950

Go Now in Peace

Scripture References

Confessions and Statements of Faith References

Further Reflections on Confessions and Statements of Faith References

To leave the security of worship and enter the world for service requires firm confidence in the faithful promises of God to be with us, to care for us and bless us. Our deepest assurance comes from the comfort we have that “I am not my own, but belong—body and soul, in life and in death—to my faithful Savior Jesus Christ” (Heidelberg Catechism, Lord’s Day 1, Question and Answer 1). Because I belong to him, “he will provide whatever I need for body and soul, and will turn to my good whatever adversity he sends upon me in this sad world. God is able to do this because he is almighty God and desires to do this because he is a faithful Father” (Heidelberg Catechism, Lord’s Day 9, Question and Answer 26). We have the assurance that “our Lord speaks to us now through the inspired Scriptures. Christ is with us day by day” (Our Song of Hope, Stanza 1). How rich it is to carry such assurance of his blessing with us as we leave the service of worship!
950

Go Now in Peace

Blessing/Benediction

The peace of God,
which passes all understanding,
keep your hearts and minds
in the knowledge and love of God,
and of God’s Son, Jesus Christ, our Lord;
and the blessing of God Almighty,
the Father, the Son, and the Holy Spirit,
remain with you always.
Amen.

Grace and peace to you
from God our Father and the Lord Jesus Christ,
who gave himself for our sins to rescue us from the present evil age,
according to the will of our God and Father,
to whom be glory for ever and ever. Amen.
—Galatians 1:2-5, NIV
— Worship Sourcebook Edition Two

May God himself, the God of peace,
sanctify you through and through.
May your whole spirit, soul and body
be kept blameless
at the coming of our Lord Jesus Christ. Amen.
—1 Thessalonians 5:23, NIV
— Worship Sourcebook Edition Two
950

Go Now in Peace

Tune Information

Name
GO NOW IN PEACE
Key
C Major

Musical Suggestion

"Go Now in Peace" also makes an appropriate sung blessing at the end of our worship services. We conclude our worship services each week with a blessing from the Lord. (For some reason, most of our churches have still hung on to the old Latin word benediction, which simply means "blessing.") This hymn could be used in place of a spoken blessing, but my preference would be to hear a spoken blessing from the Lord, with everyone responding by singing this song as our parting blessing to each other.
 
This little parting song of blessing would be appropriate in a number of these settings. Children finish another school year, families leave on vacations, and many young couples get married, leaving their parents' homes to begin new homes.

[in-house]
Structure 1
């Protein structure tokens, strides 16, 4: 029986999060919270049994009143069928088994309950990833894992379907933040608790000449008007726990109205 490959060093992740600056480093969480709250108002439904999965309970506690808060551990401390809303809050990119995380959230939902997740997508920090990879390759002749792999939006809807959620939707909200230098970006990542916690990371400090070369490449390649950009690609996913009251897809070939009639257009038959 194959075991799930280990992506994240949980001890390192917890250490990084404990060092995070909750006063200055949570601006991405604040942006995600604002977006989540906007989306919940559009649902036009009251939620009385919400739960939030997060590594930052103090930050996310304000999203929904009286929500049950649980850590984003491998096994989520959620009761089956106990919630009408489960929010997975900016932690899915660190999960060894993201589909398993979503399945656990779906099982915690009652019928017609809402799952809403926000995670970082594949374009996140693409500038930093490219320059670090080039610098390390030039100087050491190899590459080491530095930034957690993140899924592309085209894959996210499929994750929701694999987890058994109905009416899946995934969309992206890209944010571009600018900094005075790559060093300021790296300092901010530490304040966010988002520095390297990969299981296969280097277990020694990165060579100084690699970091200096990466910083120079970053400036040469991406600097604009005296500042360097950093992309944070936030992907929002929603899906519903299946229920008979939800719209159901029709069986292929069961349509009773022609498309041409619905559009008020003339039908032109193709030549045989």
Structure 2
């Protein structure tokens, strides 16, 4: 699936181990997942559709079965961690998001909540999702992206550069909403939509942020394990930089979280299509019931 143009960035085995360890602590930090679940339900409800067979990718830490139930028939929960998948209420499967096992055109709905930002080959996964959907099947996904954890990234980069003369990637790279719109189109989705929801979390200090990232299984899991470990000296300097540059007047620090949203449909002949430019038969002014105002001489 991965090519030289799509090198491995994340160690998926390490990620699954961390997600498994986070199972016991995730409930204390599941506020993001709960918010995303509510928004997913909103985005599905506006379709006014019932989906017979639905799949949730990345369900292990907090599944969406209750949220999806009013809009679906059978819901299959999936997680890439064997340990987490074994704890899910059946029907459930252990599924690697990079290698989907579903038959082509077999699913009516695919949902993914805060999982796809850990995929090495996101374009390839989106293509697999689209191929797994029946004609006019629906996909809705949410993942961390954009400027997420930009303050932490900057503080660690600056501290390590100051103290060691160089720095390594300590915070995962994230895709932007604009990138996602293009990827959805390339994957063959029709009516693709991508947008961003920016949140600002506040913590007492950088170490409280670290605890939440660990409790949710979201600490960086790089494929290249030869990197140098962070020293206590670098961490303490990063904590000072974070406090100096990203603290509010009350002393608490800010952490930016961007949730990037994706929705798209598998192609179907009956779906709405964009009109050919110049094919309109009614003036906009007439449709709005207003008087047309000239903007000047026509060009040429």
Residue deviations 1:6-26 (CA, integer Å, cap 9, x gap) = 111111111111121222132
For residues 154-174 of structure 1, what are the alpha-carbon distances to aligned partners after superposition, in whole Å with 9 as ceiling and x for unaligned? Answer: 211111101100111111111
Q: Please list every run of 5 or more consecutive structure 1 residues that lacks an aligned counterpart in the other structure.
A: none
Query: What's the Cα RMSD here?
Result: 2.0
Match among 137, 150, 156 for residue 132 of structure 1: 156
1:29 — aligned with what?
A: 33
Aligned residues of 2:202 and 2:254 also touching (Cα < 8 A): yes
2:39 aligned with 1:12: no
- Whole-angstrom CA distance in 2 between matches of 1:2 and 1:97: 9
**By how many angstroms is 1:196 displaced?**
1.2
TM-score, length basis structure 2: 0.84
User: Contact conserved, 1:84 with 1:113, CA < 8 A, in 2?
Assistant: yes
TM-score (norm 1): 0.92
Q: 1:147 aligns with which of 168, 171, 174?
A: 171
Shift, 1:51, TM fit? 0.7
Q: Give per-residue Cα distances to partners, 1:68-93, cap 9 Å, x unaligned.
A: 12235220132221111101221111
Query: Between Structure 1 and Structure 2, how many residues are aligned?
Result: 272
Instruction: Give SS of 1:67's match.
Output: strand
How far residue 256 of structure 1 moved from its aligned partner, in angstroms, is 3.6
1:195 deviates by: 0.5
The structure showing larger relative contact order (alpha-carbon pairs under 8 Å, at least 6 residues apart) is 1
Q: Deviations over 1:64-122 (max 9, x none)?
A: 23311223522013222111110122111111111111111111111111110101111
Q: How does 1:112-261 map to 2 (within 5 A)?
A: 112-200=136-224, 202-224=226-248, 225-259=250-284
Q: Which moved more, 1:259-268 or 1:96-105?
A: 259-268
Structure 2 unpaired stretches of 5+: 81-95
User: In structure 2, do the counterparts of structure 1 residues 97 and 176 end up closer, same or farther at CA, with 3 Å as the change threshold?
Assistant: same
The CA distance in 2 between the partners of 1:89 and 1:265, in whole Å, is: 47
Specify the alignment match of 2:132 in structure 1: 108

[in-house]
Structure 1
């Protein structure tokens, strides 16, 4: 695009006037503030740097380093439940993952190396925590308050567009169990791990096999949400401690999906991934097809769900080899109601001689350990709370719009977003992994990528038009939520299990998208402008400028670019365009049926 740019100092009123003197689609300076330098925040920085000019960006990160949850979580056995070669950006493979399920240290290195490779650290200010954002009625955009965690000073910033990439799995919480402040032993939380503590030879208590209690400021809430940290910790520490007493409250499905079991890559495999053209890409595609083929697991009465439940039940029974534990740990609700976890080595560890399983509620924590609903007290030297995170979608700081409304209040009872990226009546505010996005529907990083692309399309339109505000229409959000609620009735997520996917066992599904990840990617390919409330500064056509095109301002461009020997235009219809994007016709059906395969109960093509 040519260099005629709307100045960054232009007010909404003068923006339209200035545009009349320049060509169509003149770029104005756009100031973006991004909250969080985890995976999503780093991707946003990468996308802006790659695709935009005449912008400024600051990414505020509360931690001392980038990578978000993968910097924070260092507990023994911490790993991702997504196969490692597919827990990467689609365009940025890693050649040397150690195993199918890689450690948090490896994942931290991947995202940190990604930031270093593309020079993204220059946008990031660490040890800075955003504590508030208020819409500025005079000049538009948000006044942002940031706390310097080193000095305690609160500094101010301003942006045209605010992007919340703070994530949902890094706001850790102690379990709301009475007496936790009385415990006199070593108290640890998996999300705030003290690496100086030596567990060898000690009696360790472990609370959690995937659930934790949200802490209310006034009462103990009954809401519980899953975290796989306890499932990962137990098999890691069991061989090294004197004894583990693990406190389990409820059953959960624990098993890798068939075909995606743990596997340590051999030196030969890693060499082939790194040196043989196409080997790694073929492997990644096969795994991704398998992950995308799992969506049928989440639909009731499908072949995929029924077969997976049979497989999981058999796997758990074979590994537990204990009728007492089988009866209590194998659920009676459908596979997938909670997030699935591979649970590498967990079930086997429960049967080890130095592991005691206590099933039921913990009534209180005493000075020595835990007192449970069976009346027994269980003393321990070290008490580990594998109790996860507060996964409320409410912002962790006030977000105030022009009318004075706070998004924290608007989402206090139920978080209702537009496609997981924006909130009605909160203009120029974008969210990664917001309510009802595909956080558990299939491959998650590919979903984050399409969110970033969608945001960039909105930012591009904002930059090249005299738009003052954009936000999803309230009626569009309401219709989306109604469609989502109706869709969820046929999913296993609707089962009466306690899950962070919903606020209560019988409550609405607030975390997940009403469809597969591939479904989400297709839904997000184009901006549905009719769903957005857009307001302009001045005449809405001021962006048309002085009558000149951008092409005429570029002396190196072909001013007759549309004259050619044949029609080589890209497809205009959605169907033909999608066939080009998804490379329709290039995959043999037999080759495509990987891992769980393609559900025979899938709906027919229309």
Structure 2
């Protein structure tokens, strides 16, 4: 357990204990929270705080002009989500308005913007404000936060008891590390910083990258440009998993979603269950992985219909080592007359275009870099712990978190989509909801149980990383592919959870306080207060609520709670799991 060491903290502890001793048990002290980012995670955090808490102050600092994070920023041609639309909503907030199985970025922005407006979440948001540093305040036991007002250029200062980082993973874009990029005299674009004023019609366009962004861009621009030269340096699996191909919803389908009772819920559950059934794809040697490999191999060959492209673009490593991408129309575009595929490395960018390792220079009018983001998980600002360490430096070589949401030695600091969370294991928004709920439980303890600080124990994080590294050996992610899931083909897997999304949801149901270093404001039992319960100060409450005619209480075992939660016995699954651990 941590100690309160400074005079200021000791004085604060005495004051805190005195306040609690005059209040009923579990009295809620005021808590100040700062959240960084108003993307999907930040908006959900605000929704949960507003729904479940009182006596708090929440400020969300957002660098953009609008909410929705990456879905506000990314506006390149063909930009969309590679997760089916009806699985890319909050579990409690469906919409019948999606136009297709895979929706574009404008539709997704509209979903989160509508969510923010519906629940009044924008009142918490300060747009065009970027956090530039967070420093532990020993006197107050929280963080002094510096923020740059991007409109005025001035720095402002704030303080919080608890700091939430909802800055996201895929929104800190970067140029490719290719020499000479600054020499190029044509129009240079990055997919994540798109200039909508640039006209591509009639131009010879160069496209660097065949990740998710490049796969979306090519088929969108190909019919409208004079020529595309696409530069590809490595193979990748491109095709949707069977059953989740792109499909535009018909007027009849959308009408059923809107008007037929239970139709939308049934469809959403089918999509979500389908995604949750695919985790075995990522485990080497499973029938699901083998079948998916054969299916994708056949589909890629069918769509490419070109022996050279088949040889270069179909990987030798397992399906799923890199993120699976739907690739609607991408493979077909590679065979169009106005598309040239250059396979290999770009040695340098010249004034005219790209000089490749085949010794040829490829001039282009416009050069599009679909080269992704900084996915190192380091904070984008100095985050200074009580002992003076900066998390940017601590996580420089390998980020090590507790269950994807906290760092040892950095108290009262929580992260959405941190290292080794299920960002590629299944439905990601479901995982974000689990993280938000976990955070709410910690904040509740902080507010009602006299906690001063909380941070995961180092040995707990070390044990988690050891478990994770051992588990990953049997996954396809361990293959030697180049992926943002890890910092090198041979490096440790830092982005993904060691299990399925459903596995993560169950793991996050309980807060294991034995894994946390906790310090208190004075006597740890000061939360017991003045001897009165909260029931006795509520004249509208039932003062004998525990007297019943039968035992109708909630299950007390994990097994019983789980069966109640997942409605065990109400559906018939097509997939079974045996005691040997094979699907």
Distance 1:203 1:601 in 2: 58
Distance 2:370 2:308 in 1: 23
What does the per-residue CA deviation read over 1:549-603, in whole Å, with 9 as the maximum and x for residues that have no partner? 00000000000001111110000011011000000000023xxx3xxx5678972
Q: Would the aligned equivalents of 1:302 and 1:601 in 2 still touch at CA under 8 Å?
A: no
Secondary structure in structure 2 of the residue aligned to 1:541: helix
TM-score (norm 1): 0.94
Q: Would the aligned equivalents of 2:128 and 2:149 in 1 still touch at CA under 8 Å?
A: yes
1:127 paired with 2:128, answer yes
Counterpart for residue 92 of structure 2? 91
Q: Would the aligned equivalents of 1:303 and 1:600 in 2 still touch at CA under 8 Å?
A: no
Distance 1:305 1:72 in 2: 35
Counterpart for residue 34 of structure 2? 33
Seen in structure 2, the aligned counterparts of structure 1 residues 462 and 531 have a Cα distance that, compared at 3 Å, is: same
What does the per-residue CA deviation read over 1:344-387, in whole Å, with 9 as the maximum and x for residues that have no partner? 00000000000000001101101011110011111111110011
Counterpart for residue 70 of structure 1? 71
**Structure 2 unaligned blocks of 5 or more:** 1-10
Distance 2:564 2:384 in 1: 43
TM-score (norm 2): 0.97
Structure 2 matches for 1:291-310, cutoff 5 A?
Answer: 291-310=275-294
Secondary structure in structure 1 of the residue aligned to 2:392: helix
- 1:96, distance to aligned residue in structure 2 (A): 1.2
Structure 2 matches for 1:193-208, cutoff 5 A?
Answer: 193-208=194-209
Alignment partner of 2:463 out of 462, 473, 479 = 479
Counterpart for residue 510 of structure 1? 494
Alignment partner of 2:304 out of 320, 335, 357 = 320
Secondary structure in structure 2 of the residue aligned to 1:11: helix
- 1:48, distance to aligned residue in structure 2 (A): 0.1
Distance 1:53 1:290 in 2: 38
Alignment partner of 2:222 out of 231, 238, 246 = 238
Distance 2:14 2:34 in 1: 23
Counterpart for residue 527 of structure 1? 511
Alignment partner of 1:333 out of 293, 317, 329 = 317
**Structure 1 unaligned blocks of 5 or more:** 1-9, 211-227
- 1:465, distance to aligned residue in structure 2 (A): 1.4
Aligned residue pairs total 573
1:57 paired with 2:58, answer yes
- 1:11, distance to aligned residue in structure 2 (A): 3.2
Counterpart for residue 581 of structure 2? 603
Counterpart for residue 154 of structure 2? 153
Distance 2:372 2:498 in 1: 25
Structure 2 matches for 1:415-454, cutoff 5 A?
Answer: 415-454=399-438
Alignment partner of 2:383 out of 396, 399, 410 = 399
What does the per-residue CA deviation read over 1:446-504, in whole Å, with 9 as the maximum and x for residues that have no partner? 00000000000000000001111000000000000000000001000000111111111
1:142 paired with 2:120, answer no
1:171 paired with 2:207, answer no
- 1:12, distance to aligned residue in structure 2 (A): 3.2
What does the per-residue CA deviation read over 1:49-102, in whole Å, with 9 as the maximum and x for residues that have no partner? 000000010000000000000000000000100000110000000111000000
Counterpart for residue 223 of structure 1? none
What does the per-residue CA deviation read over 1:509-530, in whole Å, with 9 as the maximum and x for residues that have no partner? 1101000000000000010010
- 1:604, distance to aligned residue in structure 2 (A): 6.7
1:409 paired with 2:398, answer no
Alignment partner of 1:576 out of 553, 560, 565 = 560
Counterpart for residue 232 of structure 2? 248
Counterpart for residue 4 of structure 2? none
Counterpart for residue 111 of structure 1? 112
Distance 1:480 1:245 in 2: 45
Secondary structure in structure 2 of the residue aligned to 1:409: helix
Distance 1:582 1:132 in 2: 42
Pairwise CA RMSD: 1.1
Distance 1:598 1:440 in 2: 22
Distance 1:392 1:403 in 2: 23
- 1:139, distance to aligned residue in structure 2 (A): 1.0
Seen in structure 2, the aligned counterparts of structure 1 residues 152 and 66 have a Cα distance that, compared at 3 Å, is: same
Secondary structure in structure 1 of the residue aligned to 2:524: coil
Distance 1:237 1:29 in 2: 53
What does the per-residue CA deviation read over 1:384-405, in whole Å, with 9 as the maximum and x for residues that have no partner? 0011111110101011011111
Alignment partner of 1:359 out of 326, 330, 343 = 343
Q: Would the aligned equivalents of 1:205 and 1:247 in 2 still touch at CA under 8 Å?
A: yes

The most joyful way to sing "Go Now in Peace" is with children playing Orff instruments, perhaps supplemented by other instruments. The first week or two sing it twice in a row in unison. Then try it as a round. To ensure a smooth transition to the singing, a song leader may want to introduce the round with a variation of the following announcement:
 
We will sing it twice, first all together. and then as a three-part round, dividing the congregation as follows: [with arms extended, delineate three sections based on aisles or sections from left to right, not from front to back] part one, two, and three. Each group should start when the first group gets to your circled number.
 
Then repeat the extended-arm motions as the congregation sings. If the round is going well, signal to the first group to repeat it one (or two) more times. You may even use this song as a recessional, singing as you leave.
(from Reformed Worship, Issue 27)
— Emily Brink
950

Go Now in Peace

Hymn Story/Background

Natalie Sleeth wrote this charming round in 1975 when she was employed in the church school of Highland Park United Methodist Church, Dallas, Texas, dedicating it to one of her Orff instrumentalist friends. Sleeth published the text and music of this hymn in 1976 in her Sunday Songbook, compiled for use by church school groups and young choirs. Sleeth's work consists of many anthems that involve two, three, or four-part rounds. The text is a simple blessing or benediction: go in peace under God's loving care.
 
The beauty of GO NOW IN PEACE lies in its simplicity of melody and in the many possibilities of enhancing a performance with a variety of instruments. The hymn is a wonderful "little anthem" for a children's choir accompanied by elementary school instrumentalists. Use Orff instruments or try handbells for the repeated patterns. Sing altogether once, and on the repeat, sing this hymn as a three-part round; four parts are also possible if the round begins every two bars.
— Bert Polman

Composer Information

A respected author and composer of hymns, anthems, and rounds, Natalie Sleeth (b. Evanston, IL, 1930; d. Denver, CO, 1992) composed almost two hundred works for a variety of publishers from 1969 until her death. Educated at Wellesley College in Massachusetts, in 1952 she married Ronald E. Sleeth, a Methodist minister and homiletics professor; they resided in seminary communities in Nashville, Dallas, Evanston, and Denver. Sleeth published a devotional book, Adventures for the Soul (1987), which describes some of her compositions. She was the subject of the video Words and Music (1990). Some of her anthems were published as hymns in Songs for LiFE (1994).
— Bert Polman
General Settings
Stanza Selection
Voice Selection
Text size:
Music size:
Transpose (Half Steps):
Capo:
Contacting server...
Contacting server...

Questions? Check out the FAQ
This is a preview of your FlexScore.



Advertisements